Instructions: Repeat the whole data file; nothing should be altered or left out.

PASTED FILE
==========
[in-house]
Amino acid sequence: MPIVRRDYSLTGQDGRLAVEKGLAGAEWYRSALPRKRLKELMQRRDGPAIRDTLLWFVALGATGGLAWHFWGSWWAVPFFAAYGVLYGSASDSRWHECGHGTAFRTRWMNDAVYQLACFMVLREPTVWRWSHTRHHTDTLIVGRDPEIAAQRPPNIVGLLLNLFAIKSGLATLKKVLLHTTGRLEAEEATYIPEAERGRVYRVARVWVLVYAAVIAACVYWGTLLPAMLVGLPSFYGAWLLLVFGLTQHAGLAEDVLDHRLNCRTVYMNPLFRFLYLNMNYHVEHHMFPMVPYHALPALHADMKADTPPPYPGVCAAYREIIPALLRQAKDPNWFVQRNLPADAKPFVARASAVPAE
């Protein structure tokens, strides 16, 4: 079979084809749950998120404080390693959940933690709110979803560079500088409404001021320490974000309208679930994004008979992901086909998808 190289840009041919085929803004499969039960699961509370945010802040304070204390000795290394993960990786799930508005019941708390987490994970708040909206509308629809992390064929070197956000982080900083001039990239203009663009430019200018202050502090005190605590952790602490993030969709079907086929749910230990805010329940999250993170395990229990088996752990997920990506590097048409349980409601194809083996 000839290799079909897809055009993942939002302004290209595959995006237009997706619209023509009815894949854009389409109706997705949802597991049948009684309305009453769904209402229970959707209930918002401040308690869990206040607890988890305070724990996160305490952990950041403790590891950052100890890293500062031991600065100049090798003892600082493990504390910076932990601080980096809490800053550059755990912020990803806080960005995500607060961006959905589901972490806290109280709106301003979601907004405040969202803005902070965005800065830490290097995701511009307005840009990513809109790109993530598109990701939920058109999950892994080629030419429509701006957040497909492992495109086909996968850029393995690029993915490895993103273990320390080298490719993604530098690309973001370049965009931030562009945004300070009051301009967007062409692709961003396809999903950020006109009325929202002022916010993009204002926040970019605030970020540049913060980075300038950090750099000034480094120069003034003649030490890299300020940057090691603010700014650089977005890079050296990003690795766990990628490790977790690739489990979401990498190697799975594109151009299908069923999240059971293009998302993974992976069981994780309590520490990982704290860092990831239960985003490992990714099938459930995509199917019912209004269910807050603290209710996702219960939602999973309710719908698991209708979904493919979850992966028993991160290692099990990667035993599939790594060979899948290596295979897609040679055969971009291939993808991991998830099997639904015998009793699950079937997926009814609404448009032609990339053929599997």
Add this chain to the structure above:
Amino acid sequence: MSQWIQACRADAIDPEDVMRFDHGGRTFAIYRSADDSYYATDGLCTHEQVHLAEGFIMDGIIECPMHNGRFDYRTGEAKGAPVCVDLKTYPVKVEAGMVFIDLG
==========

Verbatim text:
[in-house]
Amino acid sequence: MPIVRRDYSLTGQDGRLAVEKGLAGAEWYRSALPRKRLKELMQRRDGPAIRDTLLWFVALGATGGLAWHFWGSWWAVPFFAAYGVLYGSASDSRWHECGHGTAFRTRWMNDAVYQLACFMVLREPTVWRWSHTRHHTDTLIVGRDPEIAAQRPPNIVGLLLNLFAIKSGLATLKKVLLHTTGRLEAEEATYIPEAERGRVYRVARVWVLVYAAVIAACVYWGTLLPAMLVGLPSFYGAWLLLVFGLTQHAGLAEDVLDHRLNCRTVYMNPLFRFLYLNMNYHVEHHMFPMVPYHALPALHADMKADTPPPYPGVCAAYREIIPALLRQAKDPNWFVQRNLPADAKPFVARASAVPAE
């Protein structure tokens, strides 16, 4: 079979084809749950998120404080390693959940933690709110979803560079500088409404001021320490974000309208679930994004008979992901086909998808 190289840009041919085929803004499969039960699961509370945010802040304070204390000795290394993960990786799930508005019941708390987490994970708040909206509308629809992390064929070197956000982080900083001039990239203009663009430019200018202050502090005190605590952790602490993030969709079907086929749910230990805010329940999250993170395990229990088996752990997920990506590097048409349980409601194809083996 000839290799079909897809055009993942939002302004290209595959995006237009997706619209023509009815894949854009389409109706997705949802597991049948009684309305009453769904209402229970959707209930918002401040308690869990206040607890988890305070724990996160305490952990950041403790590891950052100890890293500062031991600065100049090798003892600082493990504390910076932990601080980096809490800053550059755990912020990803806080960005995500607060961006959905589901972490806290109280709106301003979601907004405040969202803005902070965005800065830490290097995701511009307005840009990513809109790109993530598109990701939920058109999950892994080629030419429509701006957040497909492992495109086909996968850029393995690029993915490895993103273990320390080298490719993604530098690309973001370049965009931030562009945004300070009051301009967007062409692709961003396809999903950020006109009325929202002022916010993009204002926040970019605030970020540049913060980075300038950090750099000034480094120069003034003649030490890299300020940057090691603010700014650089977005890079050296990003690795766990990628490790977790690739489990979401990498190697799975594109151009299908069923999240059971293009998302993974992976069981994780309590520490990982704290860092990831239960985003490992990714099938459930995509199917019912209004269910807050603290209710996702219960939602999973309710719908698991209708979904493919979850992966028993991160290692099990990667035993599939790594060979899948290596295979897609040679055969971009291939993808991991998830099997639904015998009793699950079937997926009814609404448009032609990339053929599997």
Add this chain to the structure above:
Amino acid sequence: MSQWIQACRADAIDPEDVMRFDHGGRTFAIYRSADDSYYATDGLCTHEQVHLAEGFIMDGIIECPMHNGRFDYRTGEAKGAPVCVDLKTYPVKVEAGMVFIDLG